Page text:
We are trying to understand what causes bipolar disorder and how medications treat bipolar depression. Particularly, we are looking at the importance of inflammation in the process. If you participate, you will have two different brain scans (MRI and PET scan). You will also have an experimental treatment for your depression named N-acetyl cysteine (NAC). The study is funded by the Columbia University Irving Institute to improve the treatment of bipolar disorder. Please contact us if you are interested in participating. Up to $600 in compensation if you are eligible and choose to participate. Up to 6 months of treatment for depression at no cost to you.
The purpose of this study is to test the usefulness of a computer-assisted intervention for depressed cannabis users by combining peer and therapist social network support via Facebook that uses the techniques of cognitive behavioral therapy and motivational enhancement therapy (CBT/MET) to help with relapse prevention skills, reduce cannabis use and depressive symptoms, and improve treatment adherence. All participants will receive 10 weeks of the computer assisted intervention which includes weekly 60 minute (1 hour) sessions. All participants will also be part of a secret Facebook group (CONNECT). The goal of this secret Facebook group is to reinforce the knowledge and skills taught in the computer assisted intervention and to provide social support.
The purpose of this study is to evaluate the efficacy and safety of AGN-241751 in participants with Major Depressive Disorder
Musculoskeletal (MSK) pain is a major public health concern. Approximately one in four consult their general practitioner (GP) with a musculoskeletal problem during the course of a year, making it the largest diagnostic group. Modifiable factors including affective disorders (e.g. anxiety and depressive symptoms) and sleep problems may be important prognostic factors for MSK pain. However, there is a lack of prospective research examining the interaction between these conditions in patients with MSK pain in a GP-setting.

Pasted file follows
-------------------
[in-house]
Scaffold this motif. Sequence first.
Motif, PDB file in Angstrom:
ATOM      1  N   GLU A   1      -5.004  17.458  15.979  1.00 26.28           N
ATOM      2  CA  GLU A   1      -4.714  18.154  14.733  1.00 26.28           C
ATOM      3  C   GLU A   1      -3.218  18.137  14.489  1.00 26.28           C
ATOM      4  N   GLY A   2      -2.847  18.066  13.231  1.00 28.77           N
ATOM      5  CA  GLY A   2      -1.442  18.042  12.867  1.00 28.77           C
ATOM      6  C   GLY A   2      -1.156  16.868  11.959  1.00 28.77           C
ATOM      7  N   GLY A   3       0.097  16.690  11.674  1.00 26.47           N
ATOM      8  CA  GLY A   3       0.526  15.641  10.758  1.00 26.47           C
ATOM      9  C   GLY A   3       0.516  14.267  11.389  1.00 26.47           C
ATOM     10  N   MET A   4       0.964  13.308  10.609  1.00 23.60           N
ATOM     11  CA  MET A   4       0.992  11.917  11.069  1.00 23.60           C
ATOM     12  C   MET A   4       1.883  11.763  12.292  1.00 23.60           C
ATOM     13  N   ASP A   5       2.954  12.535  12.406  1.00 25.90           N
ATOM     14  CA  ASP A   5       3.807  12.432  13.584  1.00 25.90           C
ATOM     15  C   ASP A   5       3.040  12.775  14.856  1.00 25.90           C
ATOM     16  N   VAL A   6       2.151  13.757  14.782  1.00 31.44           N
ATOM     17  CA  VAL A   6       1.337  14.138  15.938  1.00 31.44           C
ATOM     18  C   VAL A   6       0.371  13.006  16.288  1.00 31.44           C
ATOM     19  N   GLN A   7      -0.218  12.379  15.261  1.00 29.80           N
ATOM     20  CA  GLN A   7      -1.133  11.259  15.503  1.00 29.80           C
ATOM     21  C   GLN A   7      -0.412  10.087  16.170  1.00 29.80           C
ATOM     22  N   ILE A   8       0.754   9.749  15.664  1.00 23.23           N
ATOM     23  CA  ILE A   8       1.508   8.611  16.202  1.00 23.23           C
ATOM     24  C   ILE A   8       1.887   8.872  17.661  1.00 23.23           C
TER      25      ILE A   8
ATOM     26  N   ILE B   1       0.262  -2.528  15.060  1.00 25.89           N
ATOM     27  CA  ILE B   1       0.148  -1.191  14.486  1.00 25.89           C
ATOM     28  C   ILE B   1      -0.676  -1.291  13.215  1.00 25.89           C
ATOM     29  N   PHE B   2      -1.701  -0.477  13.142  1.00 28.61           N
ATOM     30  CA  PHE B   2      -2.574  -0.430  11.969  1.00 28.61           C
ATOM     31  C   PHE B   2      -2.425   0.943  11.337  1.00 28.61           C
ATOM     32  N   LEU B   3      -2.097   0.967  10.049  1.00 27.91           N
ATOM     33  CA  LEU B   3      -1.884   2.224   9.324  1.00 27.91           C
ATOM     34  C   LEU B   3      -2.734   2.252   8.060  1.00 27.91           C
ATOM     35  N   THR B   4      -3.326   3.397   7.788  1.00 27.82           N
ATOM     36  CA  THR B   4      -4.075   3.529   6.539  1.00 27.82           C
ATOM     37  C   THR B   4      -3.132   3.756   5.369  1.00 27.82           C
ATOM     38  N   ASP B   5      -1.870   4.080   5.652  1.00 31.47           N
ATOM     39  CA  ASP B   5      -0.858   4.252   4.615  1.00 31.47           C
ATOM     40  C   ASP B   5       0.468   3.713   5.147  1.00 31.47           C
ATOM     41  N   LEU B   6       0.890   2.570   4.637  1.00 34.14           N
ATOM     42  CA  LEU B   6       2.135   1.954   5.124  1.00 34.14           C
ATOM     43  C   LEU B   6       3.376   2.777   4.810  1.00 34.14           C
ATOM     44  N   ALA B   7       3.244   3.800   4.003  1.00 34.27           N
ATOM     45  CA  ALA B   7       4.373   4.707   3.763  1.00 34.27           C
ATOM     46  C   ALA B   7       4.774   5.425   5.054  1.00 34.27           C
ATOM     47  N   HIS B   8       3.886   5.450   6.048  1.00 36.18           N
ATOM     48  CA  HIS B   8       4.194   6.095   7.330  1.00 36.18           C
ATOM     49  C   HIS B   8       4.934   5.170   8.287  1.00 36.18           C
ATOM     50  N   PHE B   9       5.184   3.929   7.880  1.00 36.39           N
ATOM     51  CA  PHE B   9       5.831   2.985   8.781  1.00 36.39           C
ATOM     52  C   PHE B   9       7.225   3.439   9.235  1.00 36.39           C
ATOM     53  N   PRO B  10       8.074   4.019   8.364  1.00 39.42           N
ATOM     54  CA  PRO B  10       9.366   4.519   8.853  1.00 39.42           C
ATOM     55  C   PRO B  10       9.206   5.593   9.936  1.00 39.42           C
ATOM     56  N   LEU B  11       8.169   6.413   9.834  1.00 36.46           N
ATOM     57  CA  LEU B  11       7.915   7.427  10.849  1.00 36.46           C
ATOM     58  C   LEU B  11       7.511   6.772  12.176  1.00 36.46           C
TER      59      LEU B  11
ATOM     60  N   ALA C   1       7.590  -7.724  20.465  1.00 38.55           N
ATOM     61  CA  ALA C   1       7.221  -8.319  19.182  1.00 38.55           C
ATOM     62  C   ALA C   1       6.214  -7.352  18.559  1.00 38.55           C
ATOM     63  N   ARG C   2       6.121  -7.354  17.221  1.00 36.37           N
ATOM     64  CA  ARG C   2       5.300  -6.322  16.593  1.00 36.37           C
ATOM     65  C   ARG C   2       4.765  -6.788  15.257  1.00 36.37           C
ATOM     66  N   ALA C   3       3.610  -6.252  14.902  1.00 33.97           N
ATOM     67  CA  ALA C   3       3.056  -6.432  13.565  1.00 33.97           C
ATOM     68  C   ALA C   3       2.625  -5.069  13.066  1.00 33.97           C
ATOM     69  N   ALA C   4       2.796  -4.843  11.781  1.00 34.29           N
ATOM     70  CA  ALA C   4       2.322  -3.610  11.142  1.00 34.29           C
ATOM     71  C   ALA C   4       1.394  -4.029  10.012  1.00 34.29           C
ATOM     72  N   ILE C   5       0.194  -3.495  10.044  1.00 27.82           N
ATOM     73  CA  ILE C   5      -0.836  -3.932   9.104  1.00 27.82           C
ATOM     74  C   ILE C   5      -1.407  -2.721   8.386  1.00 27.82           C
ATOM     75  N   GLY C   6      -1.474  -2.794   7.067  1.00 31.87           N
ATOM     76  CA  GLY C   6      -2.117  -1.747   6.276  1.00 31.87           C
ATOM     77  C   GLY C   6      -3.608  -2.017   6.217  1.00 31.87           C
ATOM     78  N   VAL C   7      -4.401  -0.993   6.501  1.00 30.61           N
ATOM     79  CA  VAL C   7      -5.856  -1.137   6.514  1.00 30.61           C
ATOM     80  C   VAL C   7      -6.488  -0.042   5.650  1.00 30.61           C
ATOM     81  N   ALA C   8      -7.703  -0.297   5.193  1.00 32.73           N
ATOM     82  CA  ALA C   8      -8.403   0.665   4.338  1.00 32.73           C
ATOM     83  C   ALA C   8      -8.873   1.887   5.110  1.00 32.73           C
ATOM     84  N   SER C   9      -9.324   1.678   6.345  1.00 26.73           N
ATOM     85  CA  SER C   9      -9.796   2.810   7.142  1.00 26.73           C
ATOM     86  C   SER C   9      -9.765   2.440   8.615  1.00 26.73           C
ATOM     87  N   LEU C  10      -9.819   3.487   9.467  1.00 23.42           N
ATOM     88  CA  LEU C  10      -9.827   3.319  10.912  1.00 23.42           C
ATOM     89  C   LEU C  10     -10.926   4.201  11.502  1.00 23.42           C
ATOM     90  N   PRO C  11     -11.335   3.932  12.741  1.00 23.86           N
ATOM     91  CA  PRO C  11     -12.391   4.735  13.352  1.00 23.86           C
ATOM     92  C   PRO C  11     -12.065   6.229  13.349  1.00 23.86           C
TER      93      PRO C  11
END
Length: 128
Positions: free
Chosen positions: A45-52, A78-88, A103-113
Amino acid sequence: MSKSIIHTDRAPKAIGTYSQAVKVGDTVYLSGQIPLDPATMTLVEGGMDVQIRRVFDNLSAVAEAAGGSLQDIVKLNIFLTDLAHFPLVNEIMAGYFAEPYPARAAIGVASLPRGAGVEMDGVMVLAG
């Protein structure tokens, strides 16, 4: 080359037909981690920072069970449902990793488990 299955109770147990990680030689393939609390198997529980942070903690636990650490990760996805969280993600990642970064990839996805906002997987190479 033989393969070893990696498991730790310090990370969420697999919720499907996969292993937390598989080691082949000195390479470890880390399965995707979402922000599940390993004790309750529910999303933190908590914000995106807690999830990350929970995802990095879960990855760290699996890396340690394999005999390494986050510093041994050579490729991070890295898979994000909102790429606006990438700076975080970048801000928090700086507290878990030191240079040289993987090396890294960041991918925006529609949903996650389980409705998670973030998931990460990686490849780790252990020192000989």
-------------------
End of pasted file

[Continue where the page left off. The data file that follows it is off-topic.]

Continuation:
The study examines the effects of the combined use of two different non-invasive brain stimulation (NIBS) techniques targeting the DLPFC on stress reactivity.
The purpose of this study is to measure the amount of ketamine in blood over time in subjects diagnosed with Major Depressive Disorder (MDD) and explore the anti-depressive effects of ketamine delivered by transdermal patch.
In the presence of attention deficit hyperactivity disorder (ADHD) together with additional psychiatric diseases, the treatment process and prognosis of both ADHD and psychiatric comorbidity are adversely affected. The aim of this study is to compare the characteristics concerning the suicidal behavior of the patients with major depressive disorder (MDD) who have (ADHD+) or do not have (ADHD-) adult ADHD comorbidity and their responses to depression treatment. 96 inpatients were included in the study. Socio-demographic data form, Hamilton Depression Scale (HDRS), Wender Utah Rating Scale (WURS), Adult ADD/ADHD DSM IV- Based Diagnostic Screening and Rating Scale (A-ADHD), Personal and Social Performance Scale (PSP) were applied to the cases. In the study, depression starts at an early age in individuals with comorbid ADHD and the depression treatment progress changes negatively. This group of patients is at greater risk in terms of suicidal behavior. For these reasons, clinicians should be careful during ADHD and depression management in adults.